Monday, July 22, 2024

City councillor Leland Cheung, who has argued for better video streaming for the city, sits under one of the School Committee’s stationary cameras during a January meeting. (Photo: Marc Levy)

After years at dial-up modem speed, metaphorically speaking, the technology of School Committee meetings is jumping onto a T1 line.

Or, in English, committee meetings are taking a technological leap forward as soon as this summer. By the time they resume in the fall, the 6 p.m. Tuesday meetings will be streamed online as well as televised for those who can’t make it to 459 Broadway. The streaming will match City Council technology, but the video will also be able to incorporate the slideshow presentations members watch live, a feature council technology lacks, as well as be archived almost immediately, said Ginny Berkowitz, program manager at the district’s Media Arts Studio.

“It’s been a long-standing goal, and it’s been a long process that was related to the renovation of the high school,” Berkowitz said Wednesday. “With technology, it often takes a while to get all the parts working together and working properly. We seem to have been able to get things into good working order late this spring, so we’re really excited about that.”

“The next thing on tap is the streaming,” Berkowitz said. “It’s essential to have that feature, and we’re going to do our best to make it happen.”

The $112 million renovation of Cambridge Rindge & Latin School, where the committee has offices as well as meeting space, began with the close of school in 2009 and had a grand opening two years later on Oct. 1. Because the committee’s quarters took a back seat to educational needs, there were still details there to be pinned down, district Chief Operating Officer James Maloney explained in May. The new technology could be the final element.

Berkowitz called it a “pretty robust robotic system” — meaning a sole studio employee can control the view from cameras built into the committee room, although some broadcasts use two employees, a director and switcher — and highlighted the advance of letting viewers at home see PowerPoint presentations onscreen as clearly as officials and parents see them where they’re being given. Presenters should be able to connect with the system no matter what hardware they bring in.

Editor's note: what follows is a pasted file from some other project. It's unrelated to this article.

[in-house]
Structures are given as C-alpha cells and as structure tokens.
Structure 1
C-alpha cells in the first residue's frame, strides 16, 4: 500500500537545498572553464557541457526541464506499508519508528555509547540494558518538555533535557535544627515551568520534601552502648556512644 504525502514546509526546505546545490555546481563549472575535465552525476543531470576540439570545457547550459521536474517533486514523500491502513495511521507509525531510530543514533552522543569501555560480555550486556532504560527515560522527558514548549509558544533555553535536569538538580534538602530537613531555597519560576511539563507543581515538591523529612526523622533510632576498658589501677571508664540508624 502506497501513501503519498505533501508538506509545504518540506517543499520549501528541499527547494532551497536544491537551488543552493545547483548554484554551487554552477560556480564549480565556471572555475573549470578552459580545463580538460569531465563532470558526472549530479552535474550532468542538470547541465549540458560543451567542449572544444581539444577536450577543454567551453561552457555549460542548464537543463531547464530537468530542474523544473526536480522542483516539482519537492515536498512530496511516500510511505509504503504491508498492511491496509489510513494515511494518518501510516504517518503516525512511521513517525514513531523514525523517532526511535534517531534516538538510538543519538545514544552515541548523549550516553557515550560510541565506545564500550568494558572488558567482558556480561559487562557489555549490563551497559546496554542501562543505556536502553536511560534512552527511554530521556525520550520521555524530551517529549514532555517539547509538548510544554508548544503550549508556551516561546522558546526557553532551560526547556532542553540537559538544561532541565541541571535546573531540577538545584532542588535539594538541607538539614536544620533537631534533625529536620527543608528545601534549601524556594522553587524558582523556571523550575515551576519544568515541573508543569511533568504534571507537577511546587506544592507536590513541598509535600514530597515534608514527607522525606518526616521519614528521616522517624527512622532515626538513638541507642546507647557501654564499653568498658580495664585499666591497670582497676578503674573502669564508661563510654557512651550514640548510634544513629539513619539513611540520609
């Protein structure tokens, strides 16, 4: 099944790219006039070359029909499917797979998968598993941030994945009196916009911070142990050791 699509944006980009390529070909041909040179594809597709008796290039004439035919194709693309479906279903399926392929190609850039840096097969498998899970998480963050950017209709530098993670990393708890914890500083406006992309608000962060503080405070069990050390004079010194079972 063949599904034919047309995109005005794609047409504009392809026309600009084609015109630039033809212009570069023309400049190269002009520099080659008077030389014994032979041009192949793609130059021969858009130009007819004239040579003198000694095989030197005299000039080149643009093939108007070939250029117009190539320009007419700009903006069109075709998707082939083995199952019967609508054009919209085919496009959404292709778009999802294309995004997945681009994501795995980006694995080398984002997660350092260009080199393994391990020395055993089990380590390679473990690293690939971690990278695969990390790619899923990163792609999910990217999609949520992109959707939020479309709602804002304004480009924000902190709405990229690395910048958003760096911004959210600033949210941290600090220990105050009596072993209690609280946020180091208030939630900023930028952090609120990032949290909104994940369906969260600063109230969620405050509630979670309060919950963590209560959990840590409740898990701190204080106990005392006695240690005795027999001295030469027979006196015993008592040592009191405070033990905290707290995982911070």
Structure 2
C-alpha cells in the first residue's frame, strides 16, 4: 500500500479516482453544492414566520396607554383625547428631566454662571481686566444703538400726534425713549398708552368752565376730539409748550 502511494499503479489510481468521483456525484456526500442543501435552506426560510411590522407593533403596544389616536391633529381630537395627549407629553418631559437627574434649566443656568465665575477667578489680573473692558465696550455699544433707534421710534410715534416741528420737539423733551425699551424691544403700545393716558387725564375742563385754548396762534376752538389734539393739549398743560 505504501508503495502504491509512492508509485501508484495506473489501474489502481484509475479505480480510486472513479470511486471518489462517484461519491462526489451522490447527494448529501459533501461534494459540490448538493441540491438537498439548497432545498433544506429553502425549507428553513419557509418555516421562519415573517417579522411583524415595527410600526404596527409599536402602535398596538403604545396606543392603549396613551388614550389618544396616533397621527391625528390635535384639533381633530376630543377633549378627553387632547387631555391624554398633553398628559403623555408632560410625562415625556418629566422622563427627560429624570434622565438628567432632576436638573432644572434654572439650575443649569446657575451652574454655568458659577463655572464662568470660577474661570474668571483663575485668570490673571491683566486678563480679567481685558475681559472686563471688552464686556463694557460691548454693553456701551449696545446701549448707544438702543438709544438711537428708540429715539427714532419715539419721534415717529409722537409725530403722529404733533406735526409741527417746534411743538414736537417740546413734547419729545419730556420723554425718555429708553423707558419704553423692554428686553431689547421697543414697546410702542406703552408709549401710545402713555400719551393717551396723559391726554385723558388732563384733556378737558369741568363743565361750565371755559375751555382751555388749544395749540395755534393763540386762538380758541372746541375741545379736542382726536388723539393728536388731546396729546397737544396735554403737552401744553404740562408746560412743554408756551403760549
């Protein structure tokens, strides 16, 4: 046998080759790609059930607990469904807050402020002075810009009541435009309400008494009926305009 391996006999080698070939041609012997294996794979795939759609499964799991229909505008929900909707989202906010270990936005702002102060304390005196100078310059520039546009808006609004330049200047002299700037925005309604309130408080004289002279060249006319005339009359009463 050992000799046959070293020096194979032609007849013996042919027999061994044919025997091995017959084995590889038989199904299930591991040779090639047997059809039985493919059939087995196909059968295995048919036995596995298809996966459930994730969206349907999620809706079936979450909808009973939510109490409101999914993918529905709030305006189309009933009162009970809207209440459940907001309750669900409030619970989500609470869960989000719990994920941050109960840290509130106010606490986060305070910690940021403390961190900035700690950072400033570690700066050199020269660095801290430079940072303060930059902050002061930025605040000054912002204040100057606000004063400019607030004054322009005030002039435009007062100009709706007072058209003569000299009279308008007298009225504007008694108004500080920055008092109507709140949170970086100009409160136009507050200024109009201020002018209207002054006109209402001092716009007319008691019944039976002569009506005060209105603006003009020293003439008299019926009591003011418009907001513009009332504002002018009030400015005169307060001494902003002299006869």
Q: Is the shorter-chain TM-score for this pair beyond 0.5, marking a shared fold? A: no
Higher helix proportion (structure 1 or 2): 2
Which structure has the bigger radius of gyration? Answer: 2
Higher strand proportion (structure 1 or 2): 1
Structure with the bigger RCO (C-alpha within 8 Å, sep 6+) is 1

It will surely be a small item of envy to councillors such as Leland Cheung and Marjorie Decker, who have ordered advances in the city’s streaming capabilities, and Ken Reeves, who has been complaining for months about the city’s audiovisual amateurishness in holding meetings and ensuring presentations are seen and heard by all.

Shared by city, schools

During the two years of construction the committee met at City Hall in the same chambers where the council holds its meetings, but even then its meetings didn’t stream like the council’s. Those 5:30 Monday meetings, filmed by The Office of Cable Television/22-CityView, can be watched live on Channel 8 or streamed online and are archived dating back to February 2006. The committee’s meetings can be watched on Channel 99, but its archives date back only to January 2010, and video can be slow to be added to the website.

Even when committee meetings were held in City Hall they weren’t streamed. It would have called for complicated coordination between the two systems, Berkowitz said, “which is why we had to wait until we moved back to our renovated space.”

But the media distribution system being bought to stream video and create instant archives will serve the city as well as the schools, Berkowitz said. And it should make meetings available for viewing as soon as the next morning.

“We won’t know exactly how [well] it works until it’s implemented, but yeah, that’s the goal,” she said.

The Media Arts Studio — which is at 454 Broadway, across the street from the high school and meeting room — is funded by the district and city and through the city’s contract with cable provider Comcast. The studio itself could see upgrades soon in the form of tapeless cameras  and upgraded editing software, Berkowitz said.

“That’s pretty routine, since the technology is changing so fast,” she said.

Berkowitz said she did not have access to the cost of the equipment she was implementing.